Sheen was made teaching offers by both Columbia University and Oxford, but Bishop Dunne requested that he return to Peoria to begin his pastoral work as an assistant pastor at St. Patrick’s Catholic Church, a small poor parish on the southern outskirts of Peoria.
In 1926, Bishop Dunne phoned Sheen.
“Three years ago I promised you to Rector Shahan of the Catholic University as a member of the faculty,” said Bishop Dunne.
“Why did you not let me go there when I returned from Europe?” asked Sheen.
“Because of the success you had on the other side, I just wanted to see if you would be obedient. So run along now; you have my blessing.”
Sheen as a Teacher
Sheen would spend 25 years on the faculty of Catholic University of America. In his teaching he followed the advice of Cardinal Mercier always keep to current, and to tear up his notes at the end of each year.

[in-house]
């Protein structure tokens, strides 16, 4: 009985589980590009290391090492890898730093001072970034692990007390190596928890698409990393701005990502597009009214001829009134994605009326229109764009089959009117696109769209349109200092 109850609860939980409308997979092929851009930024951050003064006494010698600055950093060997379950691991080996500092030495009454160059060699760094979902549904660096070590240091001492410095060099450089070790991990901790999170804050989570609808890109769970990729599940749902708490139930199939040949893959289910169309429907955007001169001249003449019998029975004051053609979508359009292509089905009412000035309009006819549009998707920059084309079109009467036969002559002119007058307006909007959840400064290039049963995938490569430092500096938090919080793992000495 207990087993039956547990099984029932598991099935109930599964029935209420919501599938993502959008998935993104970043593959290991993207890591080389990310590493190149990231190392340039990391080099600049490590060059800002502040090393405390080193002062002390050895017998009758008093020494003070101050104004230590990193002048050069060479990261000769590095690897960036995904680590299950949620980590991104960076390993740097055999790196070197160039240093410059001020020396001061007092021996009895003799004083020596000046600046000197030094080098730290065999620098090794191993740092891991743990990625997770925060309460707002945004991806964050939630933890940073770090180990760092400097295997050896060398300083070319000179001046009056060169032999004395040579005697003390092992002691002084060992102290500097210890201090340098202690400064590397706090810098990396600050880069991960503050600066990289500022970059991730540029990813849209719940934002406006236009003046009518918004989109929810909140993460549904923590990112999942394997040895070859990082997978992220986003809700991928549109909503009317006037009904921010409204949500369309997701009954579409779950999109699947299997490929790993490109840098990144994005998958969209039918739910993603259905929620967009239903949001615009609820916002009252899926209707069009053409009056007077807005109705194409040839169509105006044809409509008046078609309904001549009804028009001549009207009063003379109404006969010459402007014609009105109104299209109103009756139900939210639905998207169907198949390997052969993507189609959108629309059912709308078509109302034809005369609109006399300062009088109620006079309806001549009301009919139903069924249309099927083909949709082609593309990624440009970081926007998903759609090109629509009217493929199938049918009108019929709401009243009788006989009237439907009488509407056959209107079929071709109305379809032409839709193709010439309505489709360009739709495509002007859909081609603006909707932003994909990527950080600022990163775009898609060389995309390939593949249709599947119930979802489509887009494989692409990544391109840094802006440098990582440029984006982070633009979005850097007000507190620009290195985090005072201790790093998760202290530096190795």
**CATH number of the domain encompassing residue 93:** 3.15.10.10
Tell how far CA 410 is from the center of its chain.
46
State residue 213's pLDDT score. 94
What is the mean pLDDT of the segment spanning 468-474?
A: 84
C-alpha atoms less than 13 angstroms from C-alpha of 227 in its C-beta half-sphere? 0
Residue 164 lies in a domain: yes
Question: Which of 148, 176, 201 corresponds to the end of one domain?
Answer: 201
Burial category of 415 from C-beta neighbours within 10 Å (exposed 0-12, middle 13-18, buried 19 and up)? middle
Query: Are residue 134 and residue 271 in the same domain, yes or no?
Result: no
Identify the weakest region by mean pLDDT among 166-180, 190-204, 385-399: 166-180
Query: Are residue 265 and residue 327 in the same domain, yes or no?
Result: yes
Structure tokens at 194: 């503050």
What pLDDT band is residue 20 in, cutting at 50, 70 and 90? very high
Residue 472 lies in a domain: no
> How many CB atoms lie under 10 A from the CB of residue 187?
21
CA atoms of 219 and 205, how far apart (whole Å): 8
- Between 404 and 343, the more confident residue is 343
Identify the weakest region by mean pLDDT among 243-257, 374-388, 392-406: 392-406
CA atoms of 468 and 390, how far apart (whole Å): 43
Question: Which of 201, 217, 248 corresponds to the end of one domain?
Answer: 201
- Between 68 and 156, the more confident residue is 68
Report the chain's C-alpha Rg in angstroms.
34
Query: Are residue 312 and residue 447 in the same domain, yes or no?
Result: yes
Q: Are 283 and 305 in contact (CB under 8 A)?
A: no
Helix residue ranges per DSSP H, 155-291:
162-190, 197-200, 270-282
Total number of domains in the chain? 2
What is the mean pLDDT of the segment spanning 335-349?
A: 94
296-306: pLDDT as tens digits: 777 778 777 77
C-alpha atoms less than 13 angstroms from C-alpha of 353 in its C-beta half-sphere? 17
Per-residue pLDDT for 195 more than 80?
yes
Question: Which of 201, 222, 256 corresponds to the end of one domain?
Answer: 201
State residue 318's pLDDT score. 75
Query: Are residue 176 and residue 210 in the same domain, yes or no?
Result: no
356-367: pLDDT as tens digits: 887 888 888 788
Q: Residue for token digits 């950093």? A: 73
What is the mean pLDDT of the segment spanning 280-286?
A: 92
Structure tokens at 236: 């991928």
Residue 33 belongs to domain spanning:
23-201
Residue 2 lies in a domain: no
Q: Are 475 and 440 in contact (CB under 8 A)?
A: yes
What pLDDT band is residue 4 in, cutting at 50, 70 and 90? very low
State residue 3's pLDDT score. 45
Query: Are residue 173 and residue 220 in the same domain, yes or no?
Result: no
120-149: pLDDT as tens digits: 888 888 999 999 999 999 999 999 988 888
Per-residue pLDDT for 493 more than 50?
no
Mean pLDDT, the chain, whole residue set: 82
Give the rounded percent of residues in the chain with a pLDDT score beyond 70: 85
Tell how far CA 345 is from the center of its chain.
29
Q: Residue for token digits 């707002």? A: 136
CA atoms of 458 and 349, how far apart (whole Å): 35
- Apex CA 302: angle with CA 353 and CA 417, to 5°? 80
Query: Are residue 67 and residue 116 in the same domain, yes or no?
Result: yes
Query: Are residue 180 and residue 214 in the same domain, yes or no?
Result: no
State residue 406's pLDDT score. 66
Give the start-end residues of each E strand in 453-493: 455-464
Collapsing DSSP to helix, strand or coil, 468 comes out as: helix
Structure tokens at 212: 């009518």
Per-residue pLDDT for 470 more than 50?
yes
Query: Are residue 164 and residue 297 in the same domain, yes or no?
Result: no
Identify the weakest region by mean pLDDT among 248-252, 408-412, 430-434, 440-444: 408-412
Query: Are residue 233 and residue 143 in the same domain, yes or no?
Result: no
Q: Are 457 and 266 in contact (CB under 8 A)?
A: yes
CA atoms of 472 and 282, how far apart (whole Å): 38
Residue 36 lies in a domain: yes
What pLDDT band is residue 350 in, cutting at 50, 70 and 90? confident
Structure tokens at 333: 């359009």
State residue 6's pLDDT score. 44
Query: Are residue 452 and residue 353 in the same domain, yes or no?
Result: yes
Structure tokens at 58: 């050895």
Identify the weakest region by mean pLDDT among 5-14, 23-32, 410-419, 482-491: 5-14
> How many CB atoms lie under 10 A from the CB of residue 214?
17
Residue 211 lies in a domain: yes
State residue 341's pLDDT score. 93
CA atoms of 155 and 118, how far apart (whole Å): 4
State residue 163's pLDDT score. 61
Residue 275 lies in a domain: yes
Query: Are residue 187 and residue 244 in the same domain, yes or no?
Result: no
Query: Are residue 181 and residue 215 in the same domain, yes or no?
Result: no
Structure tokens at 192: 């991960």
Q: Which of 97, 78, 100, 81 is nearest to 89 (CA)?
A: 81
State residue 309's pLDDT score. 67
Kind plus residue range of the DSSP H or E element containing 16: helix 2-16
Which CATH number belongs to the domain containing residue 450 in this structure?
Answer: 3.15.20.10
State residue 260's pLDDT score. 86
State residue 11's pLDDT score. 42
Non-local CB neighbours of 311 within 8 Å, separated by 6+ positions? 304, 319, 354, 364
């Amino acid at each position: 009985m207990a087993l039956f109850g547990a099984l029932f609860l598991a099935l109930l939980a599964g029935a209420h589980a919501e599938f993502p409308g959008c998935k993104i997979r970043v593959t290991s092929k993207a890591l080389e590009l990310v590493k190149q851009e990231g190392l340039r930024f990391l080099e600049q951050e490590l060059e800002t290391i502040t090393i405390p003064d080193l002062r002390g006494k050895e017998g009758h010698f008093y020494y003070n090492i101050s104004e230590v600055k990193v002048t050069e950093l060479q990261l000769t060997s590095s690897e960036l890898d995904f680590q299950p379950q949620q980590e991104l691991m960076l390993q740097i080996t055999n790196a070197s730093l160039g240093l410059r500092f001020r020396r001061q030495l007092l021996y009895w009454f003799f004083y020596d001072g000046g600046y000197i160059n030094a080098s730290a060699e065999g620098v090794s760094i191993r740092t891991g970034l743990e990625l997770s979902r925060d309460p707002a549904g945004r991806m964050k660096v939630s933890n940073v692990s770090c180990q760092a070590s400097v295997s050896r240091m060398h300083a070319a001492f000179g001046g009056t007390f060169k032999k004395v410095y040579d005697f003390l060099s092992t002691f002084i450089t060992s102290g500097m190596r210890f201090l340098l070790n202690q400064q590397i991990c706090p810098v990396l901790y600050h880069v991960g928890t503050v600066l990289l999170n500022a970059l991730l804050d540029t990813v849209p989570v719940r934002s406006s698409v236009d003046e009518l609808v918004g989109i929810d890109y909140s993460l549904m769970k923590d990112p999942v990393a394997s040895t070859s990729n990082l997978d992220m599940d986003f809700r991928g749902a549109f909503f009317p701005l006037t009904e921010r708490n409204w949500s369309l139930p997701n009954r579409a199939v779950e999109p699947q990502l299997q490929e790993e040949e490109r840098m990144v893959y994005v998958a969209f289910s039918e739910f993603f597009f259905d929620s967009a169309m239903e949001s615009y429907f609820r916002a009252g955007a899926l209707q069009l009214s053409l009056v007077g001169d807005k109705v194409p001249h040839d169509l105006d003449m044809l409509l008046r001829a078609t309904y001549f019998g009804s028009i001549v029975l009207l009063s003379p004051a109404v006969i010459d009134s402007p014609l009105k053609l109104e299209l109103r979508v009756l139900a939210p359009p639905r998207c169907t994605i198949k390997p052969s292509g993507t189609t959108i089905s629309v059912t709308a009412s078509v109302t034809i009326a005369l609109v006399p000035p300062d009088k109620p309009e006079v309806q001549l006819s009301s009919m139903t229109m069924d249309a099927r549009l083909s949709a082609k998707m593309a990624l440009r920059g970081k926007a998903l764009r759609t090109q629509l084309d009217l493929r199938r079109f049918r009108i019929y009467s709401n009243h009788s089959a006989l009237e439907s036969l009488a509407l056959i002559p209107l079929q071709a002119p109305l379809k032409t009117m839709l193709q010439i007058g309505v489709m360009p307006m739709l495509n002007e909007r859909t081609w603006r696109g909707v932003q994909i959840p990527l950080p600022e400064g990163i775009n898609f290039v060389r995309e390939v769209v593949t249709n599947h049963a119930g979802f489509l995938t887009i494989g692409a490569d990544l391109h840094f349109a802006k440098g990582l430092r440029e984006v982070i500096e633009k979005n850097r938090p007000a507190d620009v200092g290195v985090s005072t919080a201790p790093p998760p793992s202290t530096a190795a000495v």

“There is nothing that so much destroys the intellectual growth of a teacher as the keeping of notes and the repetition of the same course the following year,” wrote Sheen.
In an effort to keep current, Sheen visited London every summer to study and prepare for his next course. It’s been written that he spent six hours preparing for each hour of lecture. As a result, he was extremely popular among his students. The university even needed to bring extra chairs into his classroom to accommodate the additional students.
As time passed, Sheen was transformed from a classroom teacher into an international educator for the faith. It was from Catholic University that Sheen began writing, and where he launched his career in radio, a career that would span many years, and eventually lead to his television program.
Two years after his appointment to Catholic University, the Paulist Fathers, who had acquired some radio time, asked Sheen to deliver his first radio message. Sheen obliged.
The radio broadcast met with listener approval and Sheen became the first Catholic spokesperson to host a series of regular radio broadcasts. Two years later, when the National Broadcasting Company approached the U.S. Bishops Conference with the opportunity to select someone to host a national prime time radio program, Sheen was their choice.